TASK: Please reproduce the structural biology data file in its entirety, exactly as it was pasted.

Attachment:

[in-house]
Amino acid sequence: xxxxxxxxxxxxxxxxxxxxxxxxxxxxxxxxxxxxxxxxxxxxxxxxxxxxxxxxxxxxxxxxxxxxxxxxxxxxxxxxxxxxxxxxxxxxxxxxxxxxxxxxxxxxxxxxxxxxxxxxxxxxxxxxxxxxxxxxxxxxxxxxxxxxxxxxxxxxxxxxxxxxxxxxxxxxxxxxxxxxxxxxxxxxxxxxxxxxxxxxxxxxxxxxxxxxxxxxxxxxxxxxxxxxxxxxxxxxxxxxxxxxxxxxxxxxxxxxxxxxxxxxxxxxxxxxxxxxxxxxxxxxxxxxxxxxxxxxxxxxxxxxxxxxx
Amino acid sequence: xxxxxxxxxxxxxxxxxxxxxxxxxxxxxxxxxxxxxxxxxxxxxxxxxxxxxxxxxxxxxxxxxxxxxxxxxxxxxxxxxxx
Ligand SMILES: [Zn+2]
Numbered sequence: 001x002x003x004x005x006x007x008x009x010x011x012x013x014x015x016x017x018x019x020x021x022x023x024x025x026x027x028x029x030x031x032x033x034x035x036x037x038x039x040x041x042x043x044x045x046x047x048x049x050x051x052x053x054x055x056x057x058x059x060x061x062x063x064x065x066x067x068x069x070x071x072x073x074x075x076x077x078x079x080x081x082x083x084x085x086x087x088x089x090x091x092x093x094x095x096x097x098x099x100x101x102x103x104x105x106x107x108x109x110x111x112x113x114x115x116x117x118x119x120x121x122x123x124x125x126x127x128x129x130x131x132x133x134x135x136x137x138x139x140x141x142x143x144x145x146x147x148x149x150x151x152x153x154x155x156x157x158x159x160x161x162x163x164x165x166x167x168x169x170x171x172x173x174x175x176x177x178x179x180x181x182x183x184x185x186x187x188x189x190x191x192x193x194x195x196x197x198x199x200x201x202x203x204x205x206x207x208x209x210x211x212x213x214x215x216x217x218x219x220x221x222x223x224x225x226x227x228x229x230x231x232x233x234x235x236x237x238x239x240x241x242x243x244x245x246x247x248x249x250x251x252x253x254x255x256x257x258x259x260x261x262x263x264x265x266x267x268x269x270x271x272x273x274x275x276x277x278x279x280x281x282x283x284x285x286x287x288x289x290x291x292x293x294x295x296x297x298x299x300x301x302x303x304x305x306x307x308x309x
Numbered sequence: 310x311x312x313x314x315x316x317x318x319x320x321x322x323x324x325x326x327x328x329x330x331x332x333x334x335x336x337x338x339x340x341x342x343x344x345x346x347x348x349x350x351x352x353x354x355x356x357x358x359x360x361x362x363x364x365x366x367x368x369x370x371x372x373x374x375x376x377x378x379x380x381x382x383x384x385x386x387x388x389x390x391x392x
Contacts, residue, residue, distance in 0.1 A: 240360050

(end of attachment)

[in-house]
Amino acid sequence: xxxxxxxxxxxxxxxxxxxxxxxxxxxxxxxxxxxxxxxxxxxxxxxxxxxxxxxxxxxxxxxxxxxxxxxxxxxxxxxxxxxxxxxxxxxxxxxxxxxxxxxxxxxxxxxxxxxxxxxxxxxxxxxxxxxxxxxxxxxxxxxxxxxxxxxxxxxxxxxxxxxxxxxxxxxxxxxxxxxxxxxxxxxxxxxxxxxxxxxxxxxxxxxxxxxxxxxxxxxxxxxxxxxxxxxxxxxxxxxxxxxxxxxxxxxxxxxxxxxxxxxxxxxxxxxxxxxxxxxxxxxxxxxxxxxxxxxxxxxxxxxxxxxxx
Amino acid sequence: xxxxxxxxxxxxxxxxxxxxxxxxxxxxxxxxxxxxxxxxxxxxxxxxxxxxxxxxxxxxxxxxxxxxxxxxxxxxxxxxxxx
Ligand SMILES: [Zn+2]
Numbered sequence: 001x002x003x004x005x006x007x008x009x010x011x012x013x014x015x016x017x018x019x020x021x022x023x024x025x026x027x028x029x030x031x032x033x034x035x036x037x038x039x040x041x042x043x044x045x046x047x048x049x050x051x052x053x054x055x056x057x058x059x060x061x062x063x064x065x066x067x068x069x070x071x072x073x074x075x076x077x078x079x080x081x082x083x084x085x086x087x088x089x090x091x092x093x094x095x096x097x098x099x100x101x102x103x104x105x106x107x108x109x110x111x112x113x114x115x116x117x118x119x120x121x122x123x124x125x126x127x128x129x130x131x132x133x134x135x136x137x138x139x140x141x142x143x144x145x146x147x148x149x150x151x152x153x154x155x156x157x158x159x160x161x162x163x164x165x166x167x168x169x170x171x172x173x174x175x176x177x178x179x180x181x182x183x184x185x186x187x188x189x190x191x192x193x194x195x196x197x198x199x200x201x202x203x204x205x206x207x208x209x210x211x212x213x214x215x216x217x218x219x220x221x222x223x224x225x226x227x228x229x230x231x232x233x234x235x236x237x238x239x240x241x242x243x244x245x246x247x248x249x250x251x252x253x254x255x256x257x258x259x260x261x262x263x264x265x266x267x268x269x270x271x272x273x274x275x276x277x278x279x280x281x282x283x284x285x286x287x288x289x290x291x292x293x294x295x296x297x298x299x300x301x302x303x304x305x306x307x308x309x
Numbered sequence: 310x311x312x313x314x315x316x317x318x319x320x321x322x323x324x325x326x327x328x329x330x331x332x333x334x335x336x337x338x339x340x341x342x343x344x345x346x347x348x349x350x351x352x353x354x355x356x357x358x359x360x361x362x363x364x365x366x367x368x369x370x371x372x373x374x375x376x377x378x379x380x381x382x383x384x385x386x387x388x389x390x391x392x
Contacts, residue, residue, distance in 0.1 A: 240360050